Restore our roads
People of Kashmir should seriously start thinking about not paying the road tax. The reason is simple: government does not deserve it. Instead it is the government which should actually be paying people for the damages suffered by their vehicles while moving on the broken roads here. Such is the condition of the roads and streets throughout the Valley including in summer capital Srinagar and downtown in particular that it has become really a nightmare to drive. And yet the government, and the concerned (read unconcerned) R&B Department, which should have been busy rebuilding these overly dilapidated, potholes-ridden roads, seems busy with something else. In such a situation if people actually stop paying road tax, it would not be without a reason.
Coming to the working of the R&B department, for the past couple of years it has busied itself with installing new tree-guards on the roads. Now one may simply ask what is the fun of all thus ornamentation when the basic road surface is not traffic worthy. So big are the ditches at certain places that people themselves have put up big boulders or other visible blockades around these trenches to save motorists from falling into these. Thanks to this care and concern shown by the ordinary people, scores of possible roads accidents are thus avoided on each day. In such a situation it may not be out of place to blame R&B engineers, and for that matter even the officials of the district and divisional administration of being neglectful to the extent of being blind. Because if they were not, then they would certainly have taken care of their responsibilities!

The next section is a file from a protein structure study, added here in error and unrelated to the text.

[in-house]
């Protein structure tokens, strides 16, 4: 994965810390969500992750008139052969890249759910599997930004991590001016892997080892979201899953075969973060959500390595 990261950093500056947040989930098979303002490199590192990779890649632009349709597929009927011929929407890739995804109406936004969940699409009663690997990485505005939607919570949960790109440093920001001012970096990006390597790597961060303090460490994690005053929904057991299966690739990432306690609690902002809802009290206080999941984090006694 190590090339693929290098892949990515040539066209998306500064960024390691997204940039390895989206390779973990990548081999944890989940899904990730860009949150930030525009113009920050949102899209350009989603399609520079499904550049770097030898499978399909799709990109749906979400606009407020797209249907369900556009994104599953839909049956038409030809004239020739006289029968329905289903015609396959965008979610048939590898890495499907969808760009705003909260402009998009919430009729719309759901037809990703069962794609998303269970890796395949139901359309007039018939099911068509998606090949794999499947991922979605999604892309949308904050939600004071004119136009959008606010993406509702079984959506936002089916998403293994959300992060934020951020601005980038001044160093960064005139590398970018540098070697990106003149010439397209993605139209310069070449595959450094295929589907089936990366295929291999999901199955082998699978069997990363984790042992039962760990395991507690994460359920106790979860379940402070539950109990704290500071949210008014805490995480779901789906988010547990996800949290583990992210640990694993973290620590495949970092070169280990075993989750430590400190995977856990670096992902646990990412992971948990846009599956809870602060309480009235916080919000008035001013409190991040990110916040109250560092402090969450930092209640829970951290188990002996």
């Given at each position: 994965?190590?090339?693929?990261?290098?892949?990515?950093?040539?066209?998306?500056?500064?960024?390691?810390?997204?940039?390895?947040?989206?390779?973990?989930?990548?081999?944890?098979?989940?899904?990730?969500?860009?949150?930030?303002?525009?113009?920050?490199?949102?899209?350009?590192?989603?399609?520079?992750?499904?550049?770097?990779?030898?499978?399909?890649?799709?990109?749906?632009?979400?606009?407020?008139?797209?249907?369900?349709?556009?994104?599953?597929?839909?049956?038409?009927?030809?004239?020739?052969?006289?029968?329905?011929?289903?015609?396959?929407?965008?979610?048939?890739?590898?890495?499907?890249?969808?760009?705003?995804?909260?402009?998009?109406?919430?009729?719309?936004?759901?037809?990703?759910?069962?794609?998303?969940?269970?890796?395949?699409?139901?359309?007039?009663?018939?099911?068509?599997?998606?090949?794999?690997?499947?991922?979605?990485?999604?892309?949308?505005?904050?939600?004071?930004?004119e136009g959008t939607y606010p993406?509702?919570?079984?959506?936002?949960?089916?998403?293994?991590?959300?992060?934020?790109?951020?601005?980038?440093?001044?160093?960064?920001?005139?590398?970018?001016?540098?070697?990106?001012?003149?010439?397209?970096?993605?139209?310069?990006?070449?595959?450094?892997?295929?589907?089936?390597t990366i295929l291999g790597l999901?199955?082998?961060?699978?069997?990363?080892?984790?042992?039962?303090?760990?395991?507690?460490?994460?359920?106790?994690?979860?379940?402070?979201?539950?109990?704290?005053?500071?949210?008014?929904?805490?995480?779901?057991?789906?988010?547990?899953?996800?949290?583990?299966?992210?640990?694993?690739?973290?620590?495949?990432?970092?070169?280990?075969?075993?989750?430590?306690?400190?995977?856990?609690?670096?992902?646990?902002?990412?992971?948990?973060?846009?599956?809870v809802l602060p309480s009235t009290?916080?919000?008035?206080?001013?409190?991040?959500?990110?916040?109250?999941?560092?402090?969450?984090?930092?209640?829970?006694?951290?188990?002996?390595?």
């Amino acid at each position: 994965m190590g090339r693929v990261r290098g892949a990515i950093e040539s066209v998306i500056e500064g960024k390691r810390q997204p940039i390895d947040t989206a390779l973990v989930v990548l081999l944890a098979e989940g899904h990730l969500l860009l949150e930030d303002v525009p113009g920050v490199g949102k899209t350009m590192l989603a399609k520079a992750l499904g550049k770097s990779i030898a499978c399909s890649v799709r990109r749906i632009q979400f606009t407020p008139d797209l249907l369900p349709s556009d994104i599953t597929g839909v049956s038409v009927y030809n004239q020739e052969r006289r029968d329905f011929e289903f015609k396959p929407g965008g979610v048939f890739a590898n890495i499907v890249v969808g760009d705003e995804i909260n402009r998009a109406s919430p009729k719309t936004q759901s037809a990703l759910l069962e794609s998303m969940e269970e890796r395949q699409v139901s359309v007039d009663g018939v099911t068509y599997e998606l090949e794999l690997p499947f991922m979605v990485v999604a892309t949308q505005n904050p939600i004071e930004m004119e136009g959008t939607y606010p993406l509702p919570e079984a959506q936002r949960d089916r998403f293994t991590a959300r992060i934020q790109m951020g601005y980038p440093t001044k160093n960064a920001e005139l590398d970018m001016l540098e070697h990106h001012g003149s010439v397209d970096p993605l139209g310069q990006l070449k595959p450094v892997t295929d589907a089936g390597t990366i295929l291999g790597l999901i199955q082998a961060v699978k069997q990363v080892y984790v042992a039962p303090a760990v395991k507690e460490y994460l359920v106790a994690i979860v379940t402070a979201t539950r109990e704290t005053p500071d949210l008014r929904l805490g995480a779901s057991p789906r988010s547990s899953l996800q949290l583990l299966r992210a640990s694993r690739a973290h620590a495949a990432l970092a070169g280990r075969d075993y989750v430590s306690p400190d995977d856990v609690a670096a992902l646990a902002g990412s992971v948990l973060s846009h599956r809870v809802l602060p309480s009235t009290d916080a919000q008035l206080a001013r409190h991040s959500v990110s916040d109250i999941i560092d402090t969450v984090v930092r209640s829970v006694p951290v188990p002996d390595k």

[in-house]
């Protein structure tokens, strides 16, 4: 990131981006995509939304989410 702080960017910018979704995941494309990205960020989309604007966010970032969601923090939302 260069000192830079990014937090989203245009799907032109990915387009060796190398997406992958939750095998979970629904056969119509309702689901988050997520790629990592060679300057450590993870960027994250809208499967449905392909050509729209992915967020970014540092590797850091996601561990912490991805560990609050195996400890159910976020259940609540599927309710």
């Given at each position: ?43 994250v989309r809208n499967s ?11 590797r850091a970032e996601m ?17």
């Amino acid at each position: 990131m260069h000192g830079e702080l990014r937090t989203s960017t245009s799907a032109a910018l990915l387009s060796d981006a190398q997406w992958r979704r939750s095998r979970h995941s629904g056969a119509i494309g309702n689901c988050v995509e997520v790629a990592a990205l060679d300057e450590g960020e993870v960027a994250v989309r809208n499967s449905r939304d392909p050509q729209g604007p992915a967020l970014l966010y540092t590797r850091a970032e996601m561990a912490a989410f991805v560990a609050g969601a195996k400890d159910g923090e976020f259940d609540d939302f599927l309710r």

Instead of wasting huge sums on the ornamentation works – like installing tree-guards or putting black and white paint on the edges of sidewalks — common sense has it that the authorities should first focus on filling up the ditches and potholes and if possible also lay a fresh layer of macadam so as to restore the road surface. Otherwise also fresh macadamization of Kashmir roads is long overdue. Ornamental works can follow at a later stage.
Now the authorities may want to shift blame on the turbulent political situation and harshness of the past winter. But this explanation, even at its best, is only an excuse. It is true that owing to political disturbances here developmental works are hit, but then it is also true that various concerned agencies too have not invested the kind of care and concern they are supposed to chip in, and for which the state exchequer pays them fat pay packets month after month. Since political turbulence has over the years become somewhat a routine in Kashmir, so the authorities cannot blame their own inertia on the political situation. Similarly, Kashmir is not the only place which has harsh winters. There are scores of countries in Europe and Americas and elsewhere which have winters far too harsher than how it is here in Kashmir, yet road surfaces in these countries are among the world’s best.
Now that the Darbar has reopened in Srinagar, let’s hope that government, even if for the ritual sake, would dedicate some attention to repair the broken roads here. Mind it we are talking about restoring the physical road surfaces within the Valley, and not about that mythical connectivity of “hearts and minds” between Srinagar and Jammu, or Srinagar and New Delhi, which governments talk about all the time without actually moving an inch towards realizing even this goal!